Christmas trees at Ogden Water

Recycled trees provide home for wildlife at Ogden Water nature reserve

Each year, about 250 tonnes of Christmas trees are simply thrown away at the end of the festive season.

But with environmental concerns increasingly under scrutiny and a greater awareness of the need to recycle, initiatives like one at Ogden Water nature reserve near Halifax are ensuring that this year’s discarded trees are not wasted.

The Calderdale Council-managed reserve offers a free Christmas tree recycling service.
The Calderdale Council-managed reserve offers a free Christmas tree recycling service.
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Trees with roots will be planted among the 60-hectare sites mixed conifer and broad leaf woodland, while those without roots are used to create a wildlife hedgerow alongside the neighbouring reservoir.
Trees with roots will be planted among the 60-hectare sites mixed conifer and broad leaf woodland, while those without roots are used to create a wildlife hedgerow alongside the neighbouring reservoir.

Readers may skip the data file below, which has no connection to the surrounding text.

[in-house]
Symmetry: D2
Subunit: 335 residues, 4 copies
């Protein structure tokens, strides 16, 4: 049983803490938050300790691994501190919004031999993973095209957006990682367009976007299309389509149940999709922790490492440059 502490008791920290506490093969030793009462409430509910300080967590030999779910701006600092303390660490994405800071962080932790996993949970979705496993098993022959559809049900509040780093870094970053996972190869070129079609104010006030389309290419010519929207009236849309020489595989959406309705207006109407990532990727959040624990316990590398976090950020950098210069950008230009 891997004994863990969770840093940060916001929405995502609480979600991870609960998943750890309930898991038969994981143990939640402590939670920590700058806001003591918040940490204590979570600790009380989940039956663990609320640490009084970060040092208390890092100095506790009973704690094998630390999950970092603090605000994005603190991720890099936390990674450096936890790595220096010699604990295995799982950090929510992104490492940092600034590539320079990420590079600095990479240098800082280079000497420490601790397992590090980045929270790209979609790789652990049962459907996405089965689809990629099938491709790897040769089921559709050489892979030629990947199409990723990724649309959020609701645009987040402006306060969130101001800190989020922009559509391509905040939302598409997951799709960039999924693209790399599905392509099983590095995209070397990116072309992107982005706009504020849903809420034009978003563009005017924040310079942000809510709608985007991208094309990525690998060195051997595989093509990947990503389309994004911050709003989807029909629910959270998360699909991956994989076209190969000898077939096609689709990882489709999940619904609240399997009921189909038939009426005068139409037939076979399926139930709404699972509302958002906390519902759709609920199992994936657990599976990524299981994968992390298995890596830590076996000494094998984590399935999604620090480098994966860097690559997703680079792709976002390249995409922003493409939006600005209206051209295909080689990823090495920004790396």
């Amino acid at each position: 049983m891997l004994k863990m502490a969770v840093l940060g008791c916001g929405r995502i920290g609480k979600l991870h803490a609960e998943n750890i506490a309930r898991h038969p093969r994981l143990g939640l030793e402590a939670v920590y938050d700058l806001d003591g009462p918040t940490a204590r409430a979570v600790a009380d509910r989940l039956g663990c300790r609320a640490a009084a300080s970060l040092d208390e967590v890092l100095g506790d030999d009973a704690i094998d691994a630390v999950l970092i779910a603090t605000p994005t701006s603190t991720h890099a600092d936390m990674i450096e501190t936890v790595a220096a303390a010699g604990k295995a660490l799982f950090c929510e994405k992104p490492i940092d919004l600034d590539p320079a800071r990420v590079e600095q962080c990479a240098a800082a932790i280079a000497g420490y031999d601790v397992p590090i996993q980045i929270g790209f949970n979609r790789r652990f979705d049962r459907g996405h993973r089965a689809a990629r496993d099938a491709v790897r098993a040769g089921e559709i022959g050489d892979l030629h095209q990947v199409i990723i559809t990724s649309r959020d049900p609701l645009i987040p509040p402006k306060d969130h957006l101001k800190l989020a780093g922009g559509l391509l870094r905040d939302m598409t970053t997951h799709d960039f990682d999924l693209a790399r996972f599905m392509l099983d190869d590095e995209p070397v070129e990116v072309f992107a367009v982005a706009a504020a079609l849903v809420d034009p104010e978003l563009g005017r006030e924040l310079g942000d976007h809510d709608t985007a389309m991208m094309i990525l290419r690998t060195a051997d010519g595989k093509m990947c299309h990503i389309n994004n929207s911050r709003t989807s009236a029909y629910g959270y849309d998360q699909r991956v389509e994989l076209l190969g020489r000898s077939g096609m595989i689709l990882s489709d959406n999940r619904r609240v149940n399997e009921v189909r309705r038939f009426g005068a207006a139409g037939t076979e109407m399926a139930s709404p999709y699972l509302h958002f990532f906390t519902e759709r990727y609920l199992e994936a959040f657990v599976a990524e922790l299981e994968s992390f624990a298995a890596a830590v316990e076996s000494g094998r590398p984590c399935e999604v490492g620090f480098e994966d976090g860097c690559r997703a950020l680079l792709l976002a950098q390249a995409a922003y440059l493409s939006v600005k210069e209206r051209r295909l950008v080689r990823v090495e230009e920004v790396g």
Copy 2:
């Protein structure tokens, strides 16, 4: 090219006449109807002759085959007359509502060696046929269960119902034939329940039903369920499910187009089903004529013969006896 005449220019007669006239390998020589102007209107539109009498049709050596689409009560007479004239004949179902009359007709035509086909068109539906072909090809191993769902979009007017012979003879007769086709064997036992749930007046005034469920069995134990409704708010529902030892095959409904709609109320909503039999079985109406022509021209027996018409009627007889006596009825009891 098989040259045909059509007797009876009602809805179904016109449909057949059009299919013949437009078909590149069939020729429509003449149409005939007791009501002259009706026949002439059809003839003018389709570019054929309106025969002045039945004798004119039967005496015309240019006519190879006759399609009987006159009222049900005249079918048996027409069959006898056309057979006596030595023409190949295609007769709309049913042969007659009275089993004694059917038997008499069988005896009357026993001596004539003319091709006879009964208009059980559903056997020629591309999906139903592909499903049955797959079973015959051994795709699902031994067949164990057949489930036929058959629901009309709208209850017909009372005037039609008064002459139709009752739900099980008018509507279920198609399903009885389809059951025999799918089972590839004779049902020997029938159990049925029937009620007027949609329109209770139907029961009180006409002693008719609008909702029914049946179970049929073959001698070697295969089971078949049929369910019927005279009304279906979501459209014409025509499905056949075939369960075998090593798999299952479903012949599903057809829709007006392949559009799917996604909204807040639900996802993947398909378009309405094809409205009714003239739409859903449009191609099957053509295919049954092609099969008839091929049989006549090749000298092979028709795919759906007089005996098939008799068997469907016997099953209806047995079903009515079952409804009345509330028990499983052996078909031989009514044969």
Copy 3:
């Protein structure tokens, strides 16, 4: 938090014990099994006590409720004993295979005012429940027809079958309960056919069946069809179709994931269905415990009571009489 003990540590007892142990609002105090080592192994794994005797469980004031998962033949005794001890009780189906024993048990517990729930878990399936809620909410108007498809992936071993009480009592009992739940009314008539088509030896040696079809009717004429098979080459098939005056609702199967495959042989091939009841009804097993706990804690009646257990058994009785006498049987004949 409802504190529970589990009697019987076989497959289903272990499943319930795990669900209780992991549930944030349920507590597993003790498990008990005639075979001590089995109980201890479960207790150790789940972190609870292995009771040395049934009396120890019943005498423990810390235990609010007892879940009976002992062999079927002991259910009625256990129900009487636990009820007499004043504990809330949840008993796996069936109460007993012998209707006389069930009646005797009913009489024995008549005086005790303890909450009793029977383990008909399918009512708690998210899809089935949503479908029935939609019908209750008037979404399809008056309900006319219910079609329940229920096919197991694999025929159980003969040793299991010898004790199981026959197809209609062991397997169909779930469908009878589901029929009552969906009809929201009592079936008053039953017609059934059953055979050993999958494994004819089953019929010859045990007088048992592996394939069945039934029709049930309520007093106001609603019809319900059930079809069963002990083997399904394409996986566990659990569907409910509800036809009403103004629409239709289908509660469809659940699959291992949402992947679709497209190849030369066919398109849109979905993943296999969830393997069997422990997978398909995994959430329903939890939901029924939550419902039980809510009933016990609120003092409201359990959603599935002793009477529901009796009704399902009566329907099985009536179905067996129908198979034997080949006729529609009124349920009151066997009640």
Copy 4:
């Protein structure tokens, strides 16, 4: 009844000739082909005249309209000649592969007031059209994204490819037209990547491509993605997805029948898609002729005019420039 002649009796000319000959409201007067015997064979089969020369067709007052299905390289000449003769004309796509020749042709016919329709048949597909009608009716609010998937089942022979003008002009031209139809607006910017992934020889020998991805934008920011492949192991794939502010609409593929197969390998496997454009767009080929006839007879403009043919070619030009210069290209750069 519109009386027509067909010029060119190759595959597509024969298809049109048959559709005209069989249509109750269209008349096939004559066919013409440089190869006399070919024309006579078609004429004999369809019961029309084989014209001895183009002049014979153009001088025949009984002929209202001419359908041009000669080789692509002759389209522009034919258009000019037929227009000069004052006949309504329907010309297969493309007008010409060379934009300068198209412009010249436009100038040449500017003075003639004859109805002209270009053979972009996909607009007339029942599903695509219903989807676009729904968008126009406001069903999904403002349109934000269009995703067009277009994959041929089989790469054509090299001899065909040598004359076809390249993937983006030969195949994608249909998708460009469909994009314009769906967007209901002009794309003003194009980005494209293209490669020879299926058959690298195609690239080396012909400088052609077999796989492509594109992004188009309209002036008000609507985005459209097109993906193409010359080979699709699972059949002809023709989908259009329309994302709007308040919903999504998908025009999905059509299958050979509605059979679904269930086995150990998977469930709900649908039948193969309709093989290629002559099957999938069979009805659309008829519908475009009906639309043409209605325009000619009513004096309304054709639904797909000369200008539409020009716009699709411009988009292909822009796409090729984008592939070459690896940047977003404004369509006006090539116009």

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Chris Sutcliffe, the councils area countryside officer, said: Ogden Water was a pioneer in using Christmas trees in this way, and the trees that we receive are greatly appreciated. We have previously had over 2,000 donated  around 70,000 worth of Christmas trees  but each year we still need more.
Chris Sutcliffe, the councils area countryside officer, said: Ogden Water was a pioneer in using Christmas trees in this way, and the trees that we receive are greatly appreciated. We have previously had over 2,000 donated around 70,000 worth of Christmas trees but each year we still need more.
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Mr Sutcliffe added: The trees are laid around the edge of the reservoir and as the seasons move on the hedgerows provide a home for birds, insects, mammals and fungi, as nettles and brambles grow through the trees, creating a perfect habitat for wildlife.
Mr Sutcliffe added: The trees are laid around the edge of the reservoir and as the seasons move on the hedgerows provide a home for birds, insects, mammals and fungi, as nettles and brambles grow through the trees, creating a perfect habitat for wildlife.
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